This was published under the 2010 to 2015 Conservative and Liberal Democrat coalition government
Military police have had their close protection skills tested during a realistic training exercise on the streets of Colchester.
A simulated ambush was staged on Maldon Road this morning, 17 May, to test the 156 Provost Company Royal Military Police (RMP) close protection team.
A blast from a roadside bomb and heavy machine gun fire stopped a vehicle carrying an unsuspecting Brigadier Giles Hill, Commander of 16 Air Assault Brigade.
Under smoke grenades and rifle fire from his military police escort, the Brigadier – known as ‘the principal’ in close protection terminology – was quickly taken out of the vehicle and into cover, and then to safety.
Sergeant Rob Cotterill, who has done 4 close protection tours in Iraq and Afghanistan, was the team’s second-in-command. He said:
The primary aim of close protection is to facilitate the safety of the principal, whether that person is an ambassador or a senior military officer.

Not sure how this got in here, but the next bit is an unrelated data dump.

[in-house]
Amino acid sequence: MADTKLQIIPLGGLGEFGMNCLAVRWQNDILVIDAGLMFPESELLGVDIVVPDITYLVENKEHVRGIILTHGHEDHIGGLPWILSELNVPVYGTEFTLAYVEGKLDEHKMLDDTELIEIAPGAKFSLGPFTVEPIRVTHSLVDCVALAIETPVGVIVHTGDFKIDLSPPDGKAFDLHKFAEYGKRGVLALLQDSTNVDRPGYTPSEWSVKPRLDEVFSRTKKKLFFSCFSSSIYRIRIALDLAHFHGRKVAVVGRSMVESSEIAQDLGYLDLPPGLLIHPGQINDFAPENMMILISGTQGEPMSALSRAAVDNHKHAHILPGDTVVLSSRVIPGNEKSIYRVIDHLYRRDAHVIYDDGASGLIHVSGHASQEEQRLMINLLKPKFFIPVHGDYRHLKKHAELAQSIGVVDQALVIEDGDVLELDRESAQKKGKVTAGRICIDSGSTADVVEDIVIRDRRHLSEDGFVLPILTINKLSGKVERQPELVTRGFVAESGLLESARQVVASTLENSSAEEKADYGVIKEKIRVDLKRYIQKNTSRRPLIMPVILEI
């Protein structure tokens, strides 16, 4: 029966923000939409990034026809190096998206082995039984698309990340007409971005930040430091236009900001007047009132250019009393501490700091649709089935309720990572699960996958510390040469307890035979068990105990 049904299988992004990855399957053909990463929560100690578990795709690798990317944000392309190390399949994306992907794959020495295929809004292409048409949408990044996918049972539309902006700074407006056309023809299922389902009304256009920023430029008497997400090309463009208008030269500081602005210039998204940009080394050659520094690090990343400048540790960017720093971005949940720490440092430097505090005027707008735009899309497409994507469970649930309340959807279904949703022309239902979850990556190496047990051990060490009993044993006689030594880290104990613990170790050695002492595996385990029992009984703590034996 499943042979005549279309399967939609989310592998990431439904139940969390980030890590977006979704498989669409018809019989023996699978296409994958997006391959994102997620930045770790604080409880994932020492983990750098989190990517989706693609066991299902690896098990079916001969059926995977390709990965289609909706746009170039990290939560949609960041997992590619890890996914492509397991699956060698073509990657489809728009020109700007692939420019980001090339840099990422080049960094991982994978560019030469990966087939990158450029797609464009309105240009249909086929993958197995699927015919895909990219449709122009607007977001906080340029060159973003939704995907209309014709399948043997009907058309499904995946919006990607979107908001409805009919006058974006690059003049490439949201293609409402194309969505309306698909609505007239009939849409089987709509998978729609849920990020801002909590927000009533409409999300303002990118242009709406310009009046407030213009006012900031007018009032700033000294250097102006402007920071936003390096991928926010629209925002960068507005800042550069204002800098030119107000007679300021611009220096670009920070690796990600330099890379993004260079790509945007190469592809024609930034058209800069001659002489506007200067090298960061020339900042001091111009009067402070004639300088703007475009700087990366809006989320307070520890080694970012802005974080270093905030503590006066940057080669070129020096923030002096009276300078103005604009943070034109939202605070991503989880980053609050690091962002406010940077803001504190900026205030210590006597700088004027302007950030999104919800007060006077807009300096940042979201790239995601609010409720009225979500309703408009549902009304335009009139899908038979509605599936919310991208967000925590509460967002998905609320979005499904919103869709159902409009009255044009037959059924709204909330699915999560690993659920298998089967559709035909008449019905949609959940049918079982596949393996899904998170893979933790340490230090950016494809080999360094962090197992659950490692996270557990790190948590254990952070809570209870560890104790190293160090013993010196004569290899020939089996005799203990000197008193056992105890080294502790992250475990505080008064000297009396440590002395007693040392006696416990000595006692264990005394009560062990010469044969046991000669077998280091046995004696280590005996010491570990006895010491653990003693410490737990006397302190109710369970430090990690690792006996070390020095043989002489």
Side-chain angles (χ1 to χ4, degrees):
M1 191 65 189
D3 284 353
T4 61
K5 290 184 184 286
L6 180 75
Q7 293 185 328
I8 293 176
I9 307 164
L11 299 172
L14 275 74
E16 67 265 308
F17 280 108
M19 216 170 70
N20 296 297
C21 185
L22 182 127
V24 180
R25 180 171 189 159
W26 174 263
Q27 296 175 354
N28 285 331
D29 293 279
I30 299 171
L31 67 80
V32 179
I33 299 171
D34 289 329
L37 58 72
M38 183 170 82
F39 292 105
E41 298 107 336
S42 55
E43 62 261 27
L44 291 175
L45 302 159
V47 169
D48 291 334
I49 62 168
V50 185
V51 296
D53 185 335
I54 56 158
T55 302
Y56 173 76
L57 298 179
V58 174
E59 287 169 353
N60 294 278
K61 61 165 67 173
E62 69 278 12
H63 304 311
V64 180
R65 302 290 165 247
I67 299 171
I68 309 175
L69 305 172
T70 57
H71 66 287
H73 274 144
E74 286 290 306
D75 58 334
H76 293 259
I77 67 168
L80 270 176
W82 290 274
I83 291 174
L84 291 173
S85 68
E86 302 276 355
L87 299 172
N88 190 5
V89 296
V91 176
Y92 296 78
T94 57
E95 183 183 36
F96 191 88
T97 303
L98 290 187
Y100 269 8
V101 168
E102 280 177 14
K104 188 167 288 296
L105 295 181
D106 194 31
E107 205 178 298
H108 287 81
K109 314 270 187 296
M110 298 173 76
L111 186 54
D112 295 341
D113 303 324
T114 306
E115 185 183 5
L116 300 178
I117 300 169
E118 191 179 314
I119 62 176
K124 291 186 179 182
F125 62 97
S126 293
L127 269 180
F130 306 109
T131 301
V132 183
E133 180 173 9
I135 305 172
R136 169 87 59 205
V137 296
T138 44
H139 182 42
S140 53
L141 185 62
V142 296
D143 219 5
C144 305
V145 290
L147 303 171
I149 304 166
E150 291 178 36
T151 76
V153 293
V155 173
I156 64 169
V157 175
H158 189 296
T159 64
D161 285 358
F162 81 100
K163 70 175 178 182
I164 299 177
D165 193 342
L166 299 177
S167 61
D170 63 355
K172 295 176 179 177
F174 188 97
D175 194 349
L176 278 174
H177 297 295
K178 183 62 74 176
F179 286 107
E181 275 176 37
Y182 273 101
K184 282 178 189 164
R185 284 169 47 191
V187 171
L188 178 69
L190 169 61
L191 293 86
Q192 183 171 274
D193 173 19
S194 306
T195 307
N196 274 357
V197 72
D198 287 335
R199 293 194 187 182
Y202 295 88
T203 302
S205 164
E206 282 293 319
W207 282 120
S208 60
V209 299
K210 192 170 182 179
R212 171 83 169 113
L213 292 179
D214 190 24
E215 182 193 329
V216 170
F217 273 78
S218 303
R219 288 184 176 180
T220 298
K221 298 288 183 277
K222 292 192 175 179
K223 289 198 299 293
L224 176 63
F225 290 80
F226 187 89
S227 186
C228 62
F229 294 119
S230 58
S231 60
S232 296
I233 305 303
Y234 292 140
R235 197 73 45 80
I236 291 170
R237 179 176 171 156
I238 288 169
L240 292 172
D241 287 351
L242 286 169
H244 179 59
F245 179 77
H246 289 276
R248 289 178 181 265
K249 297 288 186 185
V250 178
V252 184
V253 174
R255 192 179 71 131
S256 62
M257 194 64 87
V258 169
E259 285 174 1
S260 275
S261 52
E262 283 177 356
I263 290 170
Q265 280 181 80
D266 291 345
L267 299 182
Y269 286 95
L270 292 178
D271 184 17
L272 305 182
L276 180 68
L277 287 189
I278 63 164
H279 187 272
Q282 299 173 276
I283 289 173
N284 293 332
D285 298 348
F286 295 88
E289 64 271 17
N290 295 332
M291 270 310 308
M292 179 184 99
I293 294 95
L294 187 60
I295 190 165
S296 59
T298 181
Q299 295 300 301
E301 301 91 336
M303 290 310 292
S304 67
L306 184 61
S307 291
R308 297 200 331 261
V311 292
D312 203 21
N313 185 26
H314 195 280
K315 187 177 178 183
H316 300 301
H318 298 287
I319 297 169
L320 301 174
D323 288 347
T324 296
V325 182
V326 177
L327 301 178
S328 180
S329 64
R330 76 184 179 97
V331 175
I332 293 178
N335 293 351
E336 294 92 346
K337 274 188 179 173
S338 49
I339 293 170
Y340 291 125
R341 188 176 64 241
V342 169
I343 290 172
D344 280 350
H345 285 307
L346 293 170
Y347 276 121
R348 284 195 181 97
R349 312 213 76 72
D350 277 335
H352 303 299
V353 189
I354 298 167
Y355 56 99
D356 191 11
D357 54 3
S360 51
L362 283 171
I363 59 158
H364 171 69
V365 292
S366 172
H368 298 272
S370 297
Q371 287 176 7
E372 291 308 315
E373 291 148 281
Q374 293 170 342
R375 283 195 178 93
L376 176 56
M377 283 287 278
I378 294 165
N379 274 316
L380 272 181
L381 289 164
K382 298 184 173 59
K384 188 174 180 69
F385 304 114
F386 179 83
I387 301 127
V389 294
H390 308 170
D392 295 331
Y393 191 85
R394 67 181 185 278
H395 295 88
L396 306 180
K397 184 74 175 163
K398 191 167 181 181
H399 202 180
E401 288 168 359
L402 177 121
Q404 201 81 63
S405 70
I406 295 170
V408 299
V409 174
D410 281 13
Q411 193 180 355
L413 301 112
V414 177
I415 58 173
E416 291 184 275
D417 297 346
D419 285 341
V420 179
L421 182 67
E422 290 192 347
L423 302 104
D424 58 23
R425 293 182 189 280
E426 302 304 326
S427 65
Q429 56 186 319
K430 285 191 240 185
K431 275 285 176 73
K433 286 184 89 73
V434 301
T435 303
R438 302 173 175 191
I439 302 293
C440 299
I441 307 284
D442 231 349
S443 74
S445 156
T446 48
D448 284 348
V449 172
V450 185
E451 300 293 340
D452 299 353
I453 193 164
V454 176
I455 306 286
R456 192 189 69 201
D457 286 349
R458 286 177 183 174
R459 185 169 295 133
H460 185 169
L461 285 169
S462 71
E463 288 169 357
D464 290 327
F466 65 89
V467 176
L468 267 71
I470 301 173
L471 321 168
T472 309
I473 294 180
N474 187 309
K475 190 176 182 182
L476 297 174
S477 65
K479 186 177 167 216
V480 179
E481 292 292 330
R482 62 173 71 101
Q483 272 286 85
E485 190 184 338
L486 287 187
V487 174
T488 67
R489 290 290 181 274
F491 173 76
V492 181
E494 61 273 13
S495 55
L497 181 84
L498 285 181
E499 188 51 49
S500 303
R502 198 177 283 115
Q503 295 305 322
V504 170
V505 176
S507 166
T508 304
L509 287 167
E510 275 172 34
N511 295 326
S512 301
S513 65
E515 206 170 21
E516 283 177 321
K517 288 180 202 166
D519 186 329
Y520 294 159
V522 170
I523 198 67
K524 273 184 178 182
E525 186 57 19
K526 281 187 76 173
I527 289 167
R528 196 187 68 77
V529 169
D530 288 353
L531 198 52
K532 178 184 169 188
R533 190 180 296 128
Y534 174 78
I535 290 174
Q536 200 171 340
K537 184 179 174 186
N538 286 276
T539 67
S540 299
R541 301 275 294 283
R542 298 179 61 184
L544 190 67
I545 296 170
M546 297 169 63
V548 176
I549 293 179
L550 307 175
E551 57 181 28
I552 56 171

In situations similar to this training we have to think and act together quickly to do what is needed – return fire, get the principal out of the vehicle and move him off to safety.
The training was intended to test the Colchester-based unit in their role providing policing support to 16 Air Assault Brigade, which maintains a force ready to deploy anywhere in the world at short notice for operations ranging from disaster relief to war-fighting.
Major Dougie Hutchinson, Officer Commanding 156 Provost Company RMP, said:
It’s important that training is as realistic as possible for soldiers to gain the most benefit. This exercise was about both demonstrating our close protection capability to the Brigade Commander and keeping the skills of our soldiers sharp.
The RMP protect senior personnel from the military and other government departments worldwide, with threats most likely to happen when the principal is moving around in vehicles or entering and exiting buildings.